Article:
Boxer cardiomyopathy (also known as "Boxer arrhythmogenic right ventricular cardiomyopathy") is a disease of the myocardium primarily affecting Boxer dogs. It is characterized by the development of ventricular tachyarrhythmias, resulting in syncope and sudden cardiac death. Myocardial failure and congestive heart failure are uncommon manifestations of the disease.
Boxer cardiomyopathy shares striking similarities to a human myocardial disease called arrhythmogenic right ventricular cardiomyopathy (ARVC). On histopathology, the disease is characterized by the progressive replacement of ventricular myocardium (primarily right ventricular myocardium) with fatty or fibro-fatty tissue. Clinically, the disease is characterized by the development of ventricular tachyarrhythmias, including ventricular tachycardia and ventricular fibrillation. Affected dogs are at risk of syncope and sudden cardiac death.
Boxer cardiomyopathy is a genetic disease inherited in an autosomal dominant pattern. The presentation in affected offspring is quite variable, suggesting incomplete penetrance. In 2009, a group led by Dr. Kathryn Meurs at Washington State University announced that they had identified one genetic anomaly associated with Boxer cardiomyopathy but as of 2012 there is still debate over the significance of the discovery. Dr. Meurs is now on faculty at NC State University College of Veterinary Medicine in Raleigh, North Carolina.
Boxer cardiomyopathy is an adult-onset disease with three distinct clinical presentations:
The concealed form is characterized by an asymptomatic dog with premature ventricular contractions (PVCs).
The overt form is characterized by ventricular tachyarrhythmias and syncope. Dogs with overt disease may also have episodic weakness and exercise intolerance, but syncope is the predominant manifestation.
The third form, which is recognized much less frequently, is characterized by myocardial systolic dysfunction. This may result in left-sided, right-sided, or bi-ventricular congestive heart failure. It is not known if this form represents a separate clinical entity, or whether it is part of the continuum of disease.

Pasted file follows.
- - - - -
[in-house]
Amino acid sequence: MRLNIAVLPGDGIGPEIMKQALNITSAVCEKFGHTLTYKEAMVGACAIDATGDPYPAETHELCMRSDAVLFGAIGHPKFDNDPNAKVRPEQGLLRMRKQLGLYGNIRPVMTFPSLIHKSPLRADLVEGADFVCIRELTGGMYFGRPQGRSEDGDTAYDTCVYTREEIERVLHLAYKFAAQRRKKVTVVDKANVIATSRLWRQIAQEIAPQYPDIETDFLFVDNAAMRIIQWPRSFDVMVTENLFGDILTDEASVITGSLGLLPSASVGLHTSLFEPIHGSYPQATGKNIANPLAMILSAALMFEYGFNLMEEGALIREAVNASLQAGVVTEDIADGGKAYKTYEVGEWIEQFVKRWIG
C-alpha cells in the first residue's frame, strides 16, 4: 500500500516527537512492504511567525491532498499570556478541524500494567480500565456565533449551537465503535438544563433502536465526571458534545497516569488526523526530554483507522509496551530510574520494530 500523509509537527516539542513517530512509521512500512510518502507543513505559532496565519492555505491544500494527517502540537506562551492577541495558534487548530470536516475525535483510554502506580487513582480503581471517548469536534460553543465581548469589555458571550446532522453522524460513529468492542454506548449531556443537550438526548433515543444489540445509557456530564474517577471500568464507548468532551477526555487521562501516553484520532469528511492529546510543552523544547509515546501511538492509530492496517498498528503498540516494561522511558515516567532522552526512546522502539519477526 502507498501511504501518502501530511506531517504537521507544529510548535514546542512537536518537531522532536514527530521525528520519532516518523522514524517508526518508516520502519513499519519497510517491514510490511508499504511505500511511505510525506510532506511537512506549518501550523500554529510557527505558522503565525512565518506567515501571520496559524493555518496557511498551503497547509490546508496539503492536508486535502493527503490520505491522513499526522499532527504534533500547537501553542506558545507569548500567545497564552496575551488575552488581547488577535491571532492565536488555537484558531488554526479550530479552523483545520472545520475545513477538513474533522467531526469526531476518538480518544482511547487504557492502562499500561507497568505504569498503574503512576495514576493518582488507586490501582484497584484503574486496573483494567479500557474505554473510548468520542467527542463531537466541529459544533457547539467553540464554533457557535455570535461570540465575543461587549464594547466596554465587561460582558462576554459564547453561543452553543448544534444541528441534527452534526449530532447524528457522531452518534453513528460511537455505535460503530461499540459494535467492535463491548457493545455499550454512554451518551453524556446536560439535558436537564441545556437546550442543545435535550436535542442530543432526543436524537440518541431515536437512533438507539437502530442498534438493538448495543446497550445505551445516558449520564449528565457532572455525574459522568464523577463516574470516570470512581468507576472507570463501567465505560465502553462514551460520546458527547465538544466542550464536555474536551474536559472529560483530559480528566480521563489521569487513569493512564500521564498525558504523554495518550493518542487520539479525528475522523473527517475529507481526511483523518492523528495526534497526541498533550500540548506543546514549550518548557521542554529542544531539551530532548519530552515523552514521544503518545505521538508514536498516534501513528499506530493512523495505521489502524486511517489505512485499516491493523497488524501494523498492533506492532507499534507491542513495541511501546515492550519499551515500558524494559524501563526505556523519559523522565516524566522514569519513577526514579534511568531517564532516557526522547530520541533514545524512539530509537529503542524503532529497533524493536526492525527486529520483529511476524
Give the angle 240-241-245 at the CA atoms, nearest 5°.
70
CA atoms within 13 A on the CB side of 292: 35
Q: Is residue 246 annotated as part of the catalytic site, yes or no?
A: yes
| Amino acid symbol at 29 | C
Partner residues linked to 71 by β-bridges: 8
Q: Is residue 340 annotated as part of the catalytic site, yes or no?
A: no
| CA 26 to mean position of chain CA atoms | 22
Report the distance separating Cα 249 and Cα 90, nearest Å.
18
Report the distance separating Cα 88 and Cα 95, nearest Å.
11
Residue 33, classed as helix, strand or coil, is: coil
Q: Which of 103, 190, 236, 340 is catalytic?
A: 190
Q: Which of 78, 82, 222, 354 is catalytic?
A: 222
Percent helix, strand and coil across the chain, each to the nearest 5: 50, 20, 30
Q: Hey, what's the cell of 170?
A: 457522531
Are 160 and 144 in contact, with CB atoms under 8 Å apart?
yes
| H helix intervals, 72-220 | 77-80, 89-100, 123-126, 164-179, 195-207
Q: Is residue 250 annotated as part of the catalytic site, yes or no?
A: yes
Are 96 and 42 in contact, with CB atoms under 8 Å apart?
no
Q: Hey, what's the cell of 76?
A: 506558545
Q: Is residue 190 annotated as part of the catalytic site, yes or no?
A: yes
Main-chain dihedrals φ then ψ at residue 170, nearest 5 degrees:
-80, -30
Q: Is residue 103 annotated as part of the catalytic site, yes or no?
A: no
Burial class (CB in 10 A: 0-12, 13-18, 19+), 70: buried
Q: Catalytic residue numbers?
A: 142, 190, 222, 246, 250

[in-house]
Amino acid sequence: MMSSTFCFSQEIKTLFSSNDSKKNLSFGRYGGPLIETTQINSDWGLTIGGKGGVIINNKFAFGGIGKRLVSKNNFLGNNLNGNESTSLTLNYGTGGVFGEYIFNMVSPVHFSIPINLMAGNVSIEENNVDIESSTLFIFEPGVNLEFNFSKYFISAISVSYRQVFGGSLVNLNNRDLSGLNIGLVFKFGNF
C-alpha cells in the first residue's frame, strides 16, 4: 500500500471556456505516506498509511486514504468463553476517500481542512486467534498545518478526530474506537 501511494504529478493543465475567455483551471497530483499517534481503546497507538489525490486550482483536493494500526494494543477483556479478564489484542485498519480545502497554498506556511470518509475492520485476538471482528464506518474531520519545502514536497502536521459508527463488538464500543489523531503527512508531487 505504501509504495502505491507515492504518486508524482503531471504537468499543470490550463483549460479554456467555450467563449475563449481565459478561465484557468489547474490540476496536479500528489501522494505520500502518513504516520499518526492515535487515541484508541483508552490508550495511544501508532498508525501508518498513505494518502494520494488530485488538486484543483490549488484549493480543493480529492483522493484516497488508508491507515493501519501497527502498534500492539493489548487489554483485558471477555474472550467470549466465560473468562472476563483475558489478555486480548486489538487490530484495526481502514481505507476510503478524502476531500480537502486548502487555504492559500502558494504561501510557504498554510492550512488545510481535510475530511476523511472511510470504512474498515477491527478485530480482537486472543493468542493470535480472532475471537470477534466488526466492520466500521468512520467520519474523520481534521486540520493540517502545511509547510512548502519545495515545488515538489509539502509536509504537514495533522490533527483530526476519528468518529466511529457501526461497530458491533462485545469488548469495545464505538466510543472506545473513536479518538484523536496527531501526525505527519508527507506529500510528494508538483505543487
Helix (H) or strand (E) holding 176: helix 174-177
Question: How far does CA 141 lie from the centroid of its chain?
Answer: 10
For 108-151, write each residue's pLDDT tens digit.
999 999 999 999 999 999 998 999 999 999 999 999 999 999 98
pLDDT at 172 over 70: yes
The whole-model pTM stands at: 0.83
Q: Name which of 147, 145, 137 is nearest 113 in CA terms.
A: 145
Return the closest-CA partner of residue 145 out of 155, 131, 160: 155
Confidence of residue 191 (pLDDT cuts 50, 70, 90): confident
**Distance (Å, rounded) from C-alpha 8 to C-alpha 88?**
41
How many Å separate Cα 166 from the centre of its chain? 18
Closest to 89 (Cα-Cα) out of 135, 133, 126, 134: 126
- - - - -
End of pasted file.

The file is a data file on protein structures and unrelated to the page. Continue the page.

Sudden cardiac death
Sudden cardiac death is usually caused by the degeneration of ventricular tachycardia to ventricular fibrillation. Unless terminated promptly by defibrillation, death usually occurs within minutes.
A genetic test for Boxer cardiomyopathy is now commercially available. The genetic test is not yet accepted as a definitive test and additional diagnostic testing continues to be essential to characterize the phenotype, and to help direct therapeutic interventions.
Physical examination The physical examination is often unremarkable, although an arrhythmia characterized by premature beats may be detected.
Electrocardiogram: An ECG often shows premature ventricular complexes (PVCs). These typically have an upright morphology on lead II (left bundle branch morphology). This occurs as the ectopic impulses usually arise in the right ventricle. In some case, the ECG may be normal. This is due to the intermittent nature of ventricular arrhythmias, and means that the diagnosis should not be excluded on the basis of a normal ECG.
Holter monitor: A Holter monitor allows for 24-hour ambulatory ECG monitoring. It facilitates quantification of the frequency and severity of ventricular ectopy, and is important in the management of affected dogs. Boxer breeders are encouraged to Holter their breeding stock annually to screen out affected dogs.
Echocardiogram: Echocardiography is recommended to determine if structural heart disease is present. A small percentage of dogs have evidence of myocardial systolic dysfunction, and this may affect the long-term prognosis.
Current treatment options for Boxer cardiomyopathy are largely restricted to the use of oral anti-arrhythmic medications. The aim of therapy is to minimize ventricular ectopy, eliminate syncopal episodes, and prevent sudden cardiac death. A number of medications have been used for this purpose, including atenolol, procainamide, sotalol, mexiletine, and amiodarone. Combinations can also be used. Sotalol is probably the most commonly used antiarrhythmic at this time. It has been demonstrated that sotalol alone, or a combination of mexiletine and atenolol, results in a reduction in the frequency and complexity of ventricular ectopy. It is likely that these medications also reduce syncopal episodes. However, the efficacy of any form of medical therapy in preventing sudden cardiac death is not known. Unfortunately, in some cases oral antiarrhythmic medications may be proarrhythmic, and can exacerbate the arrhythmia and syncopal episodes.
The ideal therapy for Boxer cardiomyopathy would be implantation of an implantable cardioverter-defibrillator (ICD). This has been attempted in a limited number of dogs. Unfortunately, ICDs are programmed for humans and the algorithms used are not appropriate for dogs, increasing the risk of inappropriate shocks. In the future, reprogramming of ICDs may allow them to emerge as a viable option in the treatment for Boxer cardiomyopathy.
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